A title for confident emerging readers interested in new princess and knight stories

READ REVIEW

STARLIGHT GREY

A STORY FROM RUSSIA

From the Magic Stories series , Vol. 1

This early-reader adaptation of a Russian story reads like a “Cinderella” tale but casts a third-born son as its protagonist.

Ivan does good on his promise to his dying father to sit by his grave after he dies, and he also takes the place of his older brothers in the vigil when they are too frightened to stay true to their word. As a reward for his bravery and loyalty, the father’s ghost gives Ivan a magic bridle that ends up helping him win the princess’s hand in marriage even though he isn’t as handsome, rich or successful as his brothers or the other knights who compete in the challenge she sets forth. The story is broken up into short chapters, which will support new readers’ progress through the text, but sentence length, typeface and some vocabulary may prove challenging. Illustrations will doubtlessly help clarify the story, though a key plot detail that has Ivan passing through the ears of his magical horse, Starlight Grey, is not depicted in the art. Ultimately, the fresh fairy-tale content of the story will likely motivate readers to puzzle through its delivery even if it’s not just the right fit for their skills

A title for confident emerging readers interested in new princess and knight stories . (Early reader/folk tale. 6-8)

Pub Date: Oct. 1, 2013

ISBN: 978-1-84686-778-1

Page Count: 48

Publisher: Barefoot

Review Posted Online: Aug. 14, 2013

Kirkus Reviews Issue: Sept. 1, 2013

Did you like this book?

No Comments Yet

A close encounter of the best kind.

FIELD TRIP TO THE MOON

Left behind when the space bus departs, a child discovers that the moon isn’t as lifeless as it looks.

While the rest of the space-suited class follows the teacher like ducklings, one laggard carrying crayons and a sketchbook sits down to draw our home planet floating overhead, falls asleep, and wakes to see the bus zooming off. The bright yellow bus, the gaggle of playful field-trippers, and even the dull gray boulders strewn over the equally dull gray lunar surface have a rounded solidity suggestive of Plasticine models in Hare’s wordless but cinematic scenes…as do the rubbery, one-eyed, dull gray creatures (think: those stress-busting dolls with ears that pop out when squeezed) that emerge from the regolith. The mutual shock lasts but a moment before the lunarians eagerly grab the proffered crayons to brighten the bland gray setting with silly designs. The creatures dive into the dust when the bus swoops back down but pop up to exchange goodbye waves with the errant child, who turns out to be an olive-skinned kid with a mop of brown hair last seen drawing one of their new friends with the one crayon—gray, of course—left in the box. Body language is expressive enough in this debut outing to make a verbal narrative superfluous.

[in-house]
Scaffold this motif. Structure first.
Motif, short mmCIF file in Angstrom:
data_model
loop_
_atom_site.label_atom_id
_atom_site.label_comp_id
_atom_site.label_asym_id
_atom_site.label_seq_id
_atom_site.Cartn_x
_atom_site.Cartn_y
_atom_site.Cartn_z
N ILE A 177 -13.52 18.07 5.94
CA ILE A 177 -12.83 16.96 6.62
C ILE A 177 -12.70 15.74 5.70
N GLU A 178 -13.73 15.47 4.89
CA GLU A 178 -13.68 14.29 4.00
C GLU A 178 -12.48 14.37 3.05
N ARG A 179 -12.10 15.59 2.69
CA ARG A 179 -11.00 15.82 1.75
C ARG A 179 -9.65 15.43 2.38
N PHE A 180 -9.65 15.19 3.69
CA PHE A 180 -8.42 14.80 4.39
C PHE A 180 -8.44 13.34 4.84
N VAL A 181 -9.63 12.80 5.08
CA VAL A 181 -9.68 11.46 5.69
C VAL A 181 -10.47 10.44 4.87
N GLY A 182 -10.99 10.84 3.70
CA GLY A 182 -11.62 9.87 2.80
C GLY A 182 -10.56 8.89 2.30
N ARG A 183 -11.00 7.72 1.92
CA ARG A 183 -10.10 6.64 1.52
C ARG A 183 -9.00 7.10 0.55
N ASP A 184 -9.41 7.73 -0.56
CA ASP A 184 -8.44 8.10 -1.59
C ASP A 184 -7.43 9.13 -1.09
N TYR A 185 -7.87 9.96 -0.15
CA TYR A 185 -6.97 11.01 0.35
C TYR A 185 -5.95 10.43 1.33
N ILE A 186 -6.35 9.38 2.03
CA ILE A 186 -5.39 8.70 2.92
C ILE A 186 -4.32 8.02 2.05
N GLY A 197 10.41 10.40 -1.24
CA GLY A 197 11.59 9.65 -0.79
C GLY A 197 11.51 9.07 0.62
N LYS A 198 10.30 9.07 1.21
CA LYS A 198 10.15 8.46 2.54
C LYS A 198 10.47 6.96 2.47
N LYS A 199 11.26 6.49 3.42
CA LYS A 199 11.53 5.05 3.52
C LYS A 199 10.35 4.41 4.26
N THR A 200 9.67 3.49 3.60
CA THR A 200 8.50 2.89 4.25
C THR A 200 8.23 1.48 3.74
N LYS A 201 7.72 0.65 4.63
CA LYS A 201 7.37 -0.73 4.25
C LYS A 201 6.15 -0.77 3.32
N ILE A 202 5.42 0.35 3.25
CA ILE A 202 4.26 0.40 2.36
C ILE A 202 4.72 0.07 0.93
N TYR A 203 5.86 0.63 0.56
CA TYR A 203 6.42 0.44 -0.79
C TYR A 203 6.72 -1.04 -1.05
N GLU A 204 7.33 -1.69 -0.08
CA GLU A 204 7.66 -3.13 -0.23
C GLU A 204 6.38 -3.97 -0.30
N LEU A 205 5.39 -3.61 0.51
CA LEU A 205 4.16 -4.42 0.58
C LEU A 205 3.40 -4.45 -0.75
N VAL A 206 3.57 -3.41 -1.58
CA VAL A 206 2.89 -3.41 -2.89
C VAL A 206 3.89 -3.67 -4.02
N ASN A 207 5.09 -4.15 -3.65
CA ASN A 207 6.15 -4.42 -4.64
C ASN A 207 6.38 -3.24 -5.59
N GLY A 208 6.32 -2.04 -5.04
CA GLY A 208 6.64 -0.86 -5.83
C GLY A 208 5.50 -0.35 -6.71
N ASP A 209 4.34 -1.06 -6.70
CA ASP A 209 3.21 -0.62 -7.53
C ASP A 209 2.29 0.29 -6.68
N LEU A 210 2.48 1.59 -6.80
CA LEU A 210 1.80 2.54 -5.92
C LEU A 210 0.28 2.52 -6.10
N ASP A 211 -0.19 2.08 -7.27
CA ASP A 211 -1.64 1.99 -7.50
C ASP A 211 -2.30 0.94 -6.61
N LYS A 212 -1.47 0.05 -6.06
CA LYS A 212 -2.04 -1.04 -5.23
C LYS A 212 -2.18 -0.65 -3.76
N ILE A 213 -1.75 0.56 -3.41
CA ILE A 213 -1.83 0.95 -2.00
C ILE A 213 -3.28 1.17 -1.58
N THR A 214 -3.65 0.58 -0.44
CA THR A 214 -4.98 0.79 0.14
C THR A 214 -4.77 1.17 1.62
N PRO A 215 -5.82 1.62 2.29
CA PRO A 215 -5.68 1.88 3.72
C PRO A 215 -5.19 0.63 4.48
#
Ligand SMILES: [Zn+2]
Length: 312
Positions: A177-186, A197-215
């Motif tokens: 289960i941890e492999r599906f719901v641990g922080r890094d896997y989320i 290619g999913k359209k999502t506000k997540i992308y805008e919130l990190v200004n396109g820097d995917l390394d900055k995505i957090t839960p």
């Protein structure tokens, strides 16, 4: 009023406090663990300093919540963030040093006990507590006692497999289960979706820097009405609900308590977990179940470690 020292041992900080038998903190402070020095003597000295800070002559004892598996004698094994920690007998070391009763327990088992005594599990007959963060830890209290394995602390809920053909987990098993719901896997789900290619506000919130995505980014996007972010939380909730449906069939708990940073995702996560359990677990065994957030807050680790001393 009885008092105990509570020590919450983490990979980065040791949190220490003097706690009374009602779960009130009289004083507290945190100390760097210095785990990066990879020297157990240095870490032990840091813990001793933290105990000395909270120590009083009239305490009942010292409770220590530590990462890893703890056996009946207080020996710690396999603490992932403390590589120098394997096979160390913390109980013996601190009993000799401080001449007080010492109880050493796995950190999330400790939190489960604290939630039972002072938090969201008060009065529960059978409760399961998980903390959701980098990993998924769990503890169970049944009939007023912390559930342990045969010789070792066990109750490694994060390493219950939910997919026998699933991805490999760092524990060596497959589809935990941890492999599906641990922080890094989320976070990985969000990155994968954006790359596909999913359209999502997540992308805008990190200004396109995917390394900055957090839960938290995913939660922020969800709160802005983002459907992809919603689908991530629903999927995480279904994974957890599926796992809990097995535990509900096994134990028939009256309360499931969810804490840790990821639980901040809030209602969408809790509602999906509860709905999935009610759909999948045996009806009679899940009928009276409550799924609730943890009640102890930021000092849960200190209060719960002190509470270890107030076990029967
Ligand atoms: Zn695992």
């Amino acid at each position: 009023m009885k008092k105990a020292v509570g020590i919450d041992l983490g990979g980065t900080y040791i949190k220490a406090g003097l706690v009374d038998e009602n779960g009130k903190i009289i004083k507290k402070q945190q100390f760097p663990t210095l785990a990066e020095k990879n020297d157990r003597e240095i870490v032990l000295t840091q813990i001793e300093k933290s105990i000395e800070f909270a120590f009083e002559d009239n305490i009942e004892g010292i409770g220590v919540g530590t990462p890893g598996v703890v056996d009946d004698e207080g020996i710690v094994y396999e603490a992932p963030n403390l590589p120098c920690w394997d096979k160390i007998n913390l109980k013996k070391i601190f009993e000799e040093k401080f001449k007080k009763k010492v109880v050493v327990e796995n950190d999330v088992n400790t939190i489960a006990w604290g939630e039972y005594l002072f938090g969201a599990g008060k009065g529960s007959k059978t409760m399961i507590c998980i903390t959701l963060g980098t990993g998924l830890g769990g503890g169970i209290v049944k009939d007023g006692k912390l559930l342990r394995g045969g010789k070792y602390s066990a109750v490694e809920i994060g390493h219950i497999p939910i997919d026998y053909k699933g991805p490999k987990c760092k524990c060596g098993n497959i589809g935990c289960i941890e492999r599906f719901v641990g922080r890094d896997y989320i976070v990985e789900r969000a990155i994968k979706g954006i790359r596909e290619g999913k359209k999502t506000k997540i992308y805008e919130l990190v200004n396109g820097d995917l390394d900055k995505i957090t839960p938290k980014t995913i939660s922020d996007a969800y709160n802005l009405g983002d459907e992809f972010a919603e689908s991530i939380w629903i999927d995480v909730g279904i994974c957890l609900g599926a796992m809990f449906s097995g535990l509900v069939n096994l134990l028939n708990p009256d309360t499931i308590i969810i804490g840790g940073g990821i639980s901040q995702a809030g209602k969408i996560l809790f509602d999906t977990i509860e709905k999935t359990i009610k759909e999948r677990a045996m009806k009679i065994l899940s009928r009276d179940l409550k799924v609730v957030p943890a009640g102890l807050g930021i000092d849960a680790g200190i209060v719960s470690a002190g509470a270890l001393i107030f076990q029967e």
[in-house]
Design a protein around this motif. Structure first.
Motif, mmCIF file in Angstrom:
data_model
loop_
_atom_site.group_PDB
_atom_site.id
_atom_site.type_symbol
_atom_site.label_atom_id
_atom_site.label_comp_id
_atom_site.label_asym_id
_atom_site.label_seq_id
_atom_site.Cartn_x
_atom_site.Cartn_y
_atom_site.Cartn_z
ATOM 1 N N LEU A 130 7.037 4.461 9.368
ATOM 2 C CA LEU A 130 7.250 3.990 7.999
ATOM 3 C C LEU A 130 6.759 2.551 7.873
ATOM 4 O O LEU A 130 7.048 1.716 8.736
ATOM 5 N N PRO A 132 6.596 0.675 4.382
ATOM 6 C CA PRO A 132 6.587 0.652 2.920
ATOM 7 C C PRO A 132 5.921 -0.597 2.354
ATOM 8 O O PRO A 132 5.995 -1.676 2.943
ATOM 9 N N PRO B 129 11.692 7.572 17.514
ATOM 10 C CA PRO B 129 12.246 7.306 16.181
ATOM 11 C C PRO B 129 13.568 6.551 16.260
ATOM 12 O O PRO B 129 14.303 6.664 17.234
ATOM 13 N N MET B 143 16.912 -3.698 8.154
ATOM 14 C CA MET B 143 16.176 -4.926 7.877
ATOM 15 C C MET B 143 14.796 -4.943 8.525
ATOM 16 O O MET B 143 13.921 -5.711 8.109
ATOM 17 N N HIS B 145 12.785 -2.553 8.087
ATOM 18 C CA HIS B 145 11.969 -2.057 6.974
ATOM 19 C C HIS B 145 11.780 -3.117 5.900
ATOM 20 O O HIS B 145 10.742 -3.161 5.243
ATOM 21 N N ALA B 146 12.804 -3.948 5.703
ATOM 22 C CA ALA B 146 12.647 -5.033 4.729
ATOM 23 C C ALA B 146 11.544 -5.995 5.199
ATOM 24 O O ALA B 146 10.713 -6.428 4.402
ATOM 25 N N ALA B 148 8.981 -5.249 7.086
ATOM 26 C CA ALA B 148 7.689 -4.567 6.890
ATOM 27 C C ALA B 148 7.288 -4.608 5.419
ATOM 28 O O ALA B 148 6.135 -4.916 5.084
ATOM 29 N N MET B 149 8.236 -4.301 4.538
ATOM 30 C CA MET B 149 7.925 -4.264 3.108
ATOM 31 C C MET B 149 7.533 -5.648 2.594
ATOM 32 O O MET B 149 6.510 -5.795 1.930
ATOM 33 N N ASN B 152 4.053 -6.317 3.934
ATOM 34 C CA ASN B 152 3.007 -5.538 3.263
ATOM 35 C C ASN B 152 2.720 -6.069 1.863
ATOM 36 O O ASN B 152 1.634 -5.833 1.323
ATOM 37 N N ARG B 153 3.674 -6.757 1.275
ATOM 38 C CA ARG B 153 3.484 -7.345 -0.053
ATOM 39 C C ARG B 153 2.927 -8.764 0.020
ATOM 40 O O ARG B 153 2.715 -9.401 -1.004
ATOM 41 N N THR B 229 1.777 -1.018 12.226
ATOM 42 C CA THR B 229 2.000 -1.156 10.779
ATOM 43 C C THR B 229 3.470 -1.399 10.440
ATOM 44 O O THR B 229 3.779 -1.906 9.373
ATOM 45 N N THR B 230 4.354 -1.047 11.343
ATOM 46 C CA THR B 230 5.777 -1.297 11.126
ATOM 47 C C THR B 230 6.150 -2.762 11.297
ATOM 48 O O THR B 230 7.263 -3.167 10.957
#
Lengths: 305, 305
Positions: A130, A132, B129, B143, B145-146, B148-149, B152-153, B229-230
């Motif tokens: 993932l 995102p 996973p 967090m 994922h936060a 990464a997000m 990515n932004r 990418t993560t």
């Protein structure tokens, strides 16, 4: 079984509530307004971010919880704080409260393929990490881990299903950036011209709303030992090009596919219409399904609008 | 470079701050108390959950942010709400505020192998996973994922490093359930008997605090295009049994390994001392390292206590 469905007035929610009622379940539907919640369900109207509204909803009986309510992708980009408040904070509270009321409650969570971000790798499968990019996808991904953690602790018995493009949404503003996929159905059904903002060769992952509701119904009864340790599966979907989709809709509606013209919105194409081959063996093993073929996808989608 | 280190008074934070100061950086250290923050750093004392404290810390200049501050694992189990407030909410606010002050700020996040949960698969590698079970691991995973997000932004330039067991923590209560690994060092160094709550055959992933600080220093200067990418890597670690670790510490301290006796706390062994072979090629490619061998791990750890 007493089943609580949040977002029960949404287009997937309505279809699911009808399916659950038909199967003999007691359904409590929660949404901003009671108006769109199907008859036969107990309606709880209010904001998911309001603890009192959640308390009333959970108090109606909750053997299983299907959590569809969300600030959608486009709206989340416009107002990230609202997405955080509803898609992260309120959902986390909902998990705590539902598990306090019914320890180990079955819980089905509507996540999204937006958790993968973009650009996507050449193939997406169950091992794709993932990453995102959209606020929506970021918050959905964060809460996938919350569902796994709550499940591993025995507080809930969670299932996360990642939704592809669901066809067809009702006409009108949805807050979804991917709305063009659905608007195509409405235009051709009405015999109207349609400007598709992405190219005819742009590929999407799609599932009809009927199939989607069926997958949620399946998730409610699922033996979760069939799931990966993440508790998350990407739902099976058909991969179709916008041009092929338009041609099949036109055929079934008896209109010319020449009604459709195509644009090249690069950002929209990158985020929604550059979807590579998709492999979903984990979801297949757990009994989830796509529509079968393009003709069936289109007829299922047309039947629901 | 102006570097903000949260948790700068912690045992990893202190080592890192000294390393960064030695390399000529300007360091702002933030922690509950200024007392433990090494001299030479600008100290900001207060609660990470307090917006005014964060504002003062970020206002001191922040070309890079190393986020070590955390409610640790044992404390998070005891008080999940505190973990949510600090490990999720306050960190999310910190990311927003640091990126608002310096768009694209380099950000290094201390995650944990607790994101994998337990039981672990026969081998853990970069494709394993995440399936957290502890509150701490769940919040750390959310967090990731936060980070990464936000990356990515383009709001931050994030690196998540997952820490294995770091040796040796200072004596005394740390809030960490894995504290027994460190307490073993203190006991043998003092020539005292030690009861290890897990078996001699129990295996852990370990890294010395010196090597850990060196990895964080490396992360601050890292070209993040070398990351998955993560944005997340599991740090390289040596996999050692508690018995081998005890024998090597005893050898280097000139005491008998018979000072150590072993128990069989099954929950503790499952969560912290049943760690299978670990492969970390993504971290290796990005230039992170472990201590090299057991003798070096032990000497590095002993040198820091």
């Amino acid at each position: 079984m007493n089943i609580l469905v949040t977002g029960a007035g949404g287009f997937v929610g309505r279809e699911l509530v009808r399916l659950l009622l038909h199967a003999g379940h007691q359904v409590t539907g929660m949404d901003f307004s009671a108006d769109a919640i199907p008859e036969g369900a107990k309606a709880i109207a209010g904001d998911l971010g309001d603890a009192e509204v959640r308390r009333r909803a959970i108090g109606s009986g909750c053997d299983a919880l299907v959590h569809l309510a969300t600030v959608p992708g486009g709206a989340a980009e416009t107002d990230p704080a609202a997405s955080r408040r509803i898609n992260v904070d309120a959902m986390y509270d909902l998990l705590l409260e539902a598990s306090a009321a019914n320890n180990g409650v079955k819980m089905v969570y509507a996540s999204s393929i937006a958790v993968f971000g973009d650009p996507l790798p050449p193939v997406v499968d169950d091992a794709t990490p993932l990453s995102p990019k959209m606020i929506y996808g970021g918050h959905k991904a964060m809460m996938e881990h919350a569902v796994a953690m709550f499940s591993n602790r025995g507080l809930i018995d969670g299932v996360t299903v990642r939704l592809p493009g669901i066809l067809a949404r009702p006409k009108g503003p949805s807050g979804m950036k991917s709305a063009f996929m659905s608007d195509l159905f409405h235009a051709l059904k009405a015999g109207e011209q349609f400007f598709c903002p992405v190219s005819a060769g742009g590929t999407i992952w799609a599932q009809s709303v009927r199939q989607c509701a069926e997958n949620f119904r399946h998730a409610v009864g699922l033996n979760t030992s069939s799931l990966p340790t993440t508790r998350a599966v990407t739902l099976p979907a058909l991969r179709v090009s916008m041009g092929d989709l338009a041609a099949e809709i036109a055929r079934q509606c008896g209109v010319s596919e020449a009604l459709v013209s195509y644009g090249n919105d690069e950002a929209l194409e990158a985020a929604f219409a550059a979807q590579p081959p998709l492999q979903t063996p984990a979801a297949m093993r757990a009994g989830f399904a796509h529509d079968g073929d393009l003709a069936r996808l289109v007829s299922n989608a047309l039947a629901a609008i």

A close encounter of the best kind. (Picture book. 6-8)

Pub Date: May 14, 2019

ISBN: 978-0-8234-4253-9

Page Count: 40

Publisher: Margaret Ferguson/Holiday House

Review Posted Online: Feb. 6, 2019

Kirkus Reviews Issue: March 1, 2019

Did you like this book?

No Comments Yet

A heartwarming story with a bit of mystery, available in both English and Chinese.

WHO WANTS CANDIED HAWBERRIES?

In winter, an old man enters Cat’s Eye Hutong (alleyway or lane) with his bicycle, fitted with a rack filled with candied hawberry skewers, a Chinese treat.

He hopes to sell all so that he can buy medicine but first puts down a box of fish scraps in the snow. He calls for customers, but none appear. The charming, naïve watercolor-and–colored-pencil paintings begin to fill with feline images built into the architecture. Then a small child wearing a white medical mask (sometimes worn to prevent the spread of germs) buys a stick of hawberries, but as she walks off, the man notices a white tail peeking from her coat. Other young, masked buyers appear; all have tails, and one’s mask has slipped, exposing whiskers. Finally, a human girl buys the last stick, and when the old man asks her about the kids with tails, she informs him that only “Kitties have tails” but points up to cats on the rooftops all eating the red hawberry sticks. Careful readers will remember the fish left “as usual.” This book publishes simultaneously with an edition in Simplified Chinese, which features simplified characters and transliterated text in a small font directly above the characters. Backmatter includes a glossary keyed to intermediate-level readers, three-to-a-page thumbnails of the illustrations with English text, and note with cultural background (sadly missing in the English-only edition); further Chinese learning materials are available on the publisher’s website.

A heartwarming story with a bit of mystery, available in both English and Chinese. (Picture book. 6-8)

Pub Date: Dec. 1, 2016

ISBN: N/A

Page Count: 36

Publisher: Candied Plums

Review Posted Online: Nov. 2, 2016

Kirkus Reviews Issue: Nov. 15, 2016

Did you like this book?

No Comments Yet
more